grantham law woburn

Personal Bankruptcy

Massachusetts Personal Bankruptcy Lawyer

Phone calls from overbearing debt collectors, or receipt of a notice of intent to foreclose can leave one feeling helpless. However, you don't have to face these financial problems alone. The personal bankruptcy attorneys at Grantham Law have been helping individuals and married couples in Massachusetts get relief from their debts and save their homes by fling bankruptcy.

At Grantham Law we have been helping individuals, families, and businesses get debt relief in the United States Bankruptcy Court for over eighteen years.

personal chapter 7 bankrutpcy, chapter 13 bankruptcy

The Bankruptcy Process

At your initial consultation with Grantham Law, you will be asked a series of financial questions that will allow us to determine if you are a good candidate for Bankruptcy.  We will conduct a "means test" to determine if you should file a Chapter 7 Bankruptcy or Chapter 13 Bankruptcy.  Your initial consultation with us will typically last about 15-20 minutes and can be done over the telephone.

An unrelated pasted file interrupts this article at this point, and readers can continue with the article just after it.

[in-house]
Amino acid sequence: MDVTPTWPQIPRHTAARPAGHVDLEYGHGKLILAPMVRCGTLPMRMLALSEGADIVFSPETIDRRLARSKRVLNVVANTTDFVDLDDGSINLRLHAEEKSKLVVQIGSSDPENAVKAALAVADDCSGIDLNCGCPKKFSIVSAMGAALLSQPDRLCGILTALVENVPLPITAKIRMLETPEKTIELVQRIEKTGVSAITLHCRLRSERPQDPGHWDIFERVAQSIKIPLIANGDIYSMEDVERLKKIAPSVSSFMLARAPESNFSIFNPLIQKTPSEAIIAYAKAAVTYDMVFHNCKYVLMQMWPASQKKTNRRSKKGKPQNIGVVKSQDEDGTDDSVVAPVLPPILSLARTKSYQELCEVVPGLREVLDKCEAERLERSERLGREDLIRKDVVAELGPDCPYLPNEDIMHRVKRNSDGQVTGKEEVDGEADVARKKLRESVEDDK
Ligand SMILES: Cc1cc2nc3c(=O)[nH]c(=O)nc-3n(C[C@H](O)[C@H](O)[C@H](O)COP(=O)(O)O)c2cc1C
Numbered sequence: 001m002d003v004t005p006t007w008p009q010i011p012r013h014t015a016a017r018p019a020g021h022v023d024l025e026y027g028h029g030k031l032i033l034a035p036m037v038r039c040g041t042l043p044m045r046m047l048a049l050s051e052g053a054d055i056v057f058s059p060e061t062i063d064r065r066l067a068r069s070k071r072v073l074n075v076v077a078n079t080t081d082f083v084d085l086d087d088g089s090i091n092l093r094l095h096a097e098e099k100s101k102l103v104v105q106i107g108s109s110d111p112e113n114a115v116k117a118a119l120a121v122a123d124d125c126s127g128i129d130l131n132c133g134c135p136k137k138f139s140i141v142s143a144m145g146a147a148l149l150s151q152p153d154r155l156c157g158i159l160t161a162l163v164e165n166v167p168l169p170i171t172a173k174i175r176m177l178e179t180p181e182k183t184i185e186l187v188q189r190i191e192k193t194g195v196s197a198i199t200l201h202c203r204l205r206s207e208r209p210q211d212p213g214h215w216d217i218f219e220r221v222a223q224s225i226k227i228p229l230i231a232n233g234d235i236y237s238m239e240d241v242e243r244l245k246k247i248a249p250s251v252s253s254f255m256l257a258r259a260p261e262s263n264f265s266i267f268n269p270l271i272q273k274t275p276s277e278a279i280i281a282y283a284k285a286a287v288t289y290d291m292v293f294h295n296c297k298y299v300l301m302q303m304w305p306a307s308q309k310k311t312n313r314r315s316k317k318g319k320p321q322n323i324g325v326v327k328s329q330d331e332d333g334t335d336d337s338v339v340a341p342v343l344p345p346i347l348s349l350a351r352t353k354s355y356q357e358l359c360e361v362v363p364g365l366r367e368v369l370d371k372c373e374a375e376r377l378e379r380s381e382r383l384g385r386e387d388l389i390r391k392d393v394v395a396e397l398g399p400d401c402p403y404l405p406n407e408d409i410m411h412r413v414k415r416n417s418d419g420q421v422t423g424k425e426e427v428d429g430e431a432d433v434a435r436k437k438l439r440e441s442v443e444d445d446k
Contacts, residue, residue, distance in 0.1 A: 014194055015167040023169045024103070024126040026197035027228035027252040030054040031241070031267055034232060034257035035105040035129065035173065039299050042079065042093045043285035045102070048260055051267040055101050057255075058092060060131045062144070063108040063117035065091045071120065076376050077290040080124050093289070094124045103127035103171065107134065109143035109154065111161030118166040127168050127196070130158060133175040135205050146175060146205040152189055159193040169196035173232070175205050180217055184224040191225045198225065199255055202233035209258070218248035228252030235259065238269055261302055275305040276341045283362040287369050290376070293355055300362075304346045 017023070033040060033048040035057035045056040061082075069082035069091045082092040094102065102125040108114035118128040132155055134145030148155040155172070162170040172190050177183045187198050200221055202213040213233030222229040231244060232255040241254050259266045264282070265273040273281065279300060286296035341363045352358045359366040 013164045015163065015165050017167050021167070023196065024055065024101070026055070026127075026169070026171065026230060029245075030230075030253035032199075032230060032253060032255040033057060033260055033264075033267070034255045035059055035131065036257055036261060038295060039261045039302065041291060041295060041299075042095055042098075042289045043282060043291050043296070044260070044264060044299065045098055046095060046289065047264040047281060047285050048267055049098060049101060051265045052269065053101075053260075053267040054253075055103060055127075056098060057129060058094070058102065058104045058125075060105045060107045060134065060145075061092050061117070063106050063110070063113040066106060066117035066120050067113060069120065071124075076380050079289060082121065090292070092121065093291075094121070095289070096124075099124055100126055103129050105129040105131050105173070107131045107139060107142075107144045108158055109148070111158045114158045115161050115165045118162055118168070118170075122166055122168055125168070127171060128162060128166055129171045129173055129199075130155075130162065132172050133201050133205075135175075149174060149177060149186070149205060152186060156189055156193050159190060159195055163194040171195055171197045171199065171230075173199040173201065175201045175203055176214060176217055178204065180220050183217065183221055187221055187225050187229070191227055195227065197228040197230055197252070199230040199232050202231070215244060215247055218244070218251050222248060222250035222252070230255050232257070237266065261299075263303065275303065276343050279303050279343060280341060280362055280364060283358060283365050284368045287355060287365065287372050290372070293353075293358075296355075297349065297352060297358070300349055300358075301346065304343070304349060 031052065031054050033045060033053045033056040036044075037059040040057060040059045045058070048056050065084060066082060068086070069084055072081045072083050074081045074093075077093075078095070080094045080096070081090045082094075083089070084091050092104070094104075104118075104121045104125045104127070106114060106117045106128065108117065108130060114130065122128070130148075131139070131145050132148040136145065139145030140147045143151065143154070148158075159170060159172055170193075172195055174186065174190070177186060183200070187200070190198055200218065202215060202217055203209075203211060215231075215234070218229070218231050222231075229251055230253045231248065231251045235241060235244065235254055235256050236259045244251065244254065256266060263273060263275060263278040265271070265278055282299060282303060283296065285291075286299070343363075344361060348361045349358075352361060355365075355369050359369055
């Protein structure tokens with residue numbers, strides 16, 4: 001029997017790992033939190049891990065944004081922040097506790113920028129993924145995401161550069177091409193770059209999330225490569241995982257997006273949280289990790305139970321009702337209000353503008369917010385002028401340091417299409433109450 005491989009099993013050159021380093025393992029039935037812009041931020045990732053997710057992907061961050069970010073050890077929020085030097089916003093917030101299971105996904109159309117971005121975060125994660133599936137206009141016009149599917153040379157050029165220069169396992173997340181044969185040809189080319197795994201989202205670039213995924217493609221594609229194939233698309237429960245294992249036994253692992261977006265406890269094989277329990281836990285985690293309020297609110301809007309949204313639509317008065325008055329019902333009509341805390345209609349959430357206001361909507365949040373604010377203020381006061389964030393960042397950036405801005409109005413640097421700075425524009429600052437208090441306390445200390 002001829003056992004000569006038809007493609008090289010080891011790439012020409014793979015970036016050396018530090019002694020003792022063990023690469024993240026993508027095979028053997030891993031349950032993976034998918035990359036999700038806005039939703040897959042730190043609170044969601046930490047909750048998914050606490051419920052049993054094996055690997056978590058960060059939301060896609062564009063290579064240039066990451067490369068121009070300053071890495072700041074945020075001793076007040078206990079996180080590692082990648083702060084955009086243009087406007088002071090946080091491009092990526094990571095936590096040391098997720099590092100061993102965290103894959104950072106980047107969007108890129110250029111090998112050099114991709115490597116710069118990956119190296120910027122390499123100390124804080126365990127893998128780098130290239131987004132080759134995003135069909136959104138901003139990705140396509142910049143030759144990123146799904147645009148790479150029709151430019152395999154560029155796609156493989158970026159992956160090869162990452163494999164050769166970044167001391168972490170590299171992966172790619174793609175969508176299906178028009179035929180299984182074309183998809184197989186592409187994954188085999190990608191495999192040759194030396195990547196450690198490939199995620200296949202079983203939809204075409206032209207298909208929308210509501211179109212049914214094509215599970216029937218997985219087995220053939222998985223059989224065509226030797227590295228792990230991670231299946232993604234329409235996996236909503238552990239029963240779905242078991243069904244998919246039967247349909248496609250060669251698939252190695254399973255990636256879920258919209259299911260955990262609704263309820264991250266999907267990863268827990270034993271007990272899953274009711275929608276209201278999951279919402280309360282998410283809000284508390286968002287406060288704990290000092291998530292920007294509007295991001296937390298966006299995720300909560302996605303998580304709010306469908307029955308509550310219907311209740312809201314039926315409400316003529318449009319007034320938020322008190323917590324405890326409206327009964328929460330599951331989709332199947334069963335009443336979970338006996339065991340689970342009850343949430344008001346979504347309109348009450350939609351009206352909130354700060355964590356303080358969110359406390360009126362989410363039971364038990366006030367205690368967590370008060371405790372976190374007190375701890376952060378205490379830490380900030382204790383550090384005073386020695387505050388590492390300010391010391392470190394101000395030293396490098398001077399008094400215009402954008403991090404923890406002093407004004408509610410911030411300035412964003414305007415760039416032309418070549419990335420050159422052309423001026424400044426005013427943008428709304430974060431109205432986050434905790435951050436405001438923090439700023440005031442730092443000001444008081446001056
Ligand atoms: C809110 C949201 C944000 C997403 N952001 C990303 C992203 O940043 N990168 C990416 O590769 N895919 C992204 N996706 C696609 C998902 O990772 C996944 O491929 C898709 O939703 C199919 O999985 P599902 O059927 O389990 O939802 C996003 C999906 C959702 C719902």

After hiring Grantham Law to represent you, we will begin collecting information from you to prepare your bankruptcy petition. You will provide us with copies of paychecks, bank statements and tax returns and will fill out a detailed questionnaire where you will list your assets, debts, income and expenses. Using this information, your bankruptcy lawyer will prepare your "draft" petition and send it to you to review and make corrections; at that time, you will be instructed to take a mandatory credit-counseling course, either Online, or over the telephone.